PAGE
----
Professor Larry Diamond points out that there are three inherent tensions in a democracy. The first is between conflict and consensus.
It is expected that people and groups in a democratic framework will compete to put forth their positions, but such interactions, if done overzealously, come with the possibility of violent conflicts.
The second tension is between representativeness and governability. While a democracy does not want to leave power at the hands of the few, there are issues regarding which a government is expected to make quick decisions – a process which can leave the ones in opposition and segments of the mass ignored.
The third paradox, which is similar to the second one, has to do with consent and effectiveness. Democracy requires the approval of people, but in order for people to believe in the system, the system must also deliver. But many far reaching socio-economic reforms tend to be unpopular with the mass. A subtle balance between these tensions is required for the preservation of democracy.
For Nepal, effectiveness has probably been the most elusive pursuit, often hindered by lengthy political deliberations in the name of democracy that bear no fruit, so much so that people are now calling for autocratic interventions.
At the heart of the problem is rationality, which is fueled by a utilitarian approach to achieving self-centered ends. The problem arises not mainly because every person or group is irrational but instead because they are just the opposite- they analyse what they want and then demand they be the first in line to get it.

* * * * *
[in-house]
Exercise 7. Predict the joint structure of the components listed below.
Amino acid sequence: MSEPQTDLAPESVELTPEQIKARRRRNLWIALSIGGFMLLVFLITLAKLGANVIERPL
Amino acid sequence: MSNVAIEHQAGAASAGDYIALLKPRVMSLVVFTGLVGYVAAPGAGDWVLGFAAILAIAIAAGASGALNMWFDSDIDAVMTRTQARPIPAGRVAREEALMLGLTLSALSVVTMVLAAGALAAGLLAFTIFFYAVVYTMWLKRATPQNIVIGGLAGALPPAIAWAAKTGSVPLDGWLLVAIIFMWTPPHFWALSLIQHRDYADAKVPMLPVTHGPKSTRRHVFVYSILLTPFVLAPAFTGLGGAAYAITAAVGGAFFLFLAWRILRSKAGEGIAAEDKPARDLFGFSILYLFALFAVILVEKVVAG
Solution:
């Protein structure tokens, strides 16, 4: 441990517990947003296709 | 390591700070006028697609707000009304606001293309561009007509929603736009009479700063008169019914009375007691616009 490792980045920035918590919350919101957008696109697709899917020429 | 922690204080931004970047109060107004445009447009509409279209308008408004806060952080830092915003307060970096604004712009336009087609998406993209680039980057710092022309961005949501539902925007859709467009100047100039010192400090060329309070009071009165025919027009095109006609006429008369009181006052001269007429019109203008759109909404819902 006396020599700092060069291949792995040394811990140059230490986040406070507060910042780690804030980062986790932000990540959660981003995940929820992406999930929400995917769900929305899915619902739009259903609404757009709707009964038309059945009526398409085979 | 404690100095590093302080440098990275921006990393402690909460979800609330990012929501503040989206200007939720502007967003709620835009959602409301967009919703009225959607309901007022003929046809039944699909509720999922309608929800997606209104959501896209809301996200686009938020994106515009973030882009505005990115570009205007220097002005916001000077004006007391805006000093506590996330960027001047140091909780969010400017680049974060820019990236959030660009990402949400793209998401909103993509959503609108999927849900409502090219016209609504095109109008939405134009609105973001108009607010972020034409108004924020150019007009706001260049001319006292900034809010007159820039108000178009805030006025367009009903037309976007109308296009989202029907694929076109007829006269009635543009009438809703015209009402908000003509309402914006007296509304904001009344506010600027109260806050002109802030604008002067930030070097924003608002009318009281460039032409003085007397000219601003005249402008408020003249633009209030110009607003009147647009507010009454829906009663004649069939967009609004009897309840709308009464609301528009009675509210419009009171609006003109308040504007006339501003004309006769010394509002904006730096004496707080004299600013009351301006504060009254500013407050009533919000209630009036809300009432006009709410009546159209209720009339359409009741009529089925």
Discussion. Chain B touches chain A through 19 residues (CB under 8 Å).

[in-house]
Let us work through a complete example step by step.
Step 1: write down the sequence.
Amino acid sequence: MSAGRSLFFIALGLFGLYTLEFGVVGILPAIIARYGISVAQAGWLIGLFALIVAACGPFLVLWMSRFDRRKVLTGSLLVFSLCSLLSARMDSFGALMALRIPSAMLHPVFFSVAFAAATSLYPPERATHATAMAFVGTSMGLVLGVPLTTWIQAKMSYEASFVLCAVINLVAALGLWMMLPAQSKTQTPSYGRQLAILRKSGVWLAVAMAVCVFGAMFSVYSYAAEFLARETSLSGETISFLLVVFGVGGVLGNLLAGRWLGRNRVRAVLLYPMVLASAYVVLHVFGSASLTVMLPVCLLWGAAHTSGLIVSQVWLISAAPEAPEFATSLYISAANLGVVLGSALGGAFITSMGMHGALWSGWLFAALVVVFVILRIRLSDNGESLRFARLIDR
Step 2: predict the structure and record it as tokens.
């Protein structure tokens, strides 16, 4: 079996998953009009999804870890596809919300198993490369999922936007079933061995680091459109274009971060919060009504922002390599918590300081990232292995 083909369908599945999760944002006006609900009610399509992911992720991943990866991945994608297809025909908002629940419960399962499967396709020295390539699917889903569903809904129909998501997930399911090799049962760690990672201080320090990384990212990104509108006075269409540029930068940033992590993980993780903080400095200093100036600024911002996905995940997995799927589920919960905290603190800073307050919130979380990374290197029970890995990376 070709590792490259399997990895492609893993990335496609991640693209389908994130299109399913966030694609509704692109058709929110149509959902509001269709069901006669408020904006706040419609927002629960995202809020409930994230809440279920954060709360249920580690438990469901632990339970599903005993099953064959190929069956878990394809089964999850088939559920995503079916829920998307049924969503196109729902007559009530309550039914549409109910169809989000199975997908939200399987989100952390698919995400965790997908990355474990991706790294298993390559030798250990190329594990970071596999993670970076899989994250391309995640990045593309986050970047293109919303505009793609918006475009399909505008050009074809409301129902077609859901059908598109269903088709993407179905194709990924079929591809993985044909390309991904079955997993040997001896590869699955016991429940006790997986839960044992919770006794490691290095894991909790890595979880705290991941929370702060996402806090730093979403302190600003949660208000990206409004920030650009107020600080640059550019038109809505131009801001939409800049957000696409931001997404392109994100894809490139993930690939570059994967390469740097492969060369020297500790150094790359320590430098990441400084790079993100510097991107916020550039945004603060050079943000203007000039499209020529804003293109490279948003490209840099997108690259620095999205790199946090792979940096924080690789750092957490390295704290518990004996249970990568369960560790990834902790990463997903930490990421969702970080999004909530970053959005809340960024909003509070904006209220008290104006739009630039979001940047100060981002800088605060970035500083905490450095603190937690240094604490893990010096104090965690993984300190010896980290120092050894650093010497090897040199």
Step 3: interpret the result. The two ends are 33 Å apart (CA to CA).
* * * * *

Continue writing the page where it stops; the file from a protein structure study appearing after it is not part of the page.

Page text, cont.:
A rational person or group will always prioritise their interests before that of anyone else. And because of this tendency, the road to consensus through dialogue, which is a hallmark of democracy, becomes littered with impediments, which at the end of the day come at the expense of the society at large.
When the bandwagon of democracy came along in Nepal, individuals and groups, quite naturally, became eager to hop on it.
The naïve and often deceptive slogans from politicians had portrayed the transition to a democracy as the short cut to prosperity, when in reality, virtually no country has been able to achieve rapid progress under a purely democratic framework. This isn't to say that democracy is by any means bad, but expectations do need to be corrected.
The problem with young democracies like Nepal is that, in the name of expression and inclusion, agendas are lumped and carried together in a way that the wagon cannot sustain. The way that passengers try to get on public transport at peak hour in Nepal is symbolic of the political processes that unfold in this country. But there are two major differences.
The first is that the people left behind at the bus stop don't take it personally because they know if one vehicle goes another will come along.
And the second is that if during the ride, someone standing appears to be more in need of a seat, a person who is already seated volunteers to give it up or does so after a request. It is a shame that we cannot show similar courtesy when it comes to politics and political demands.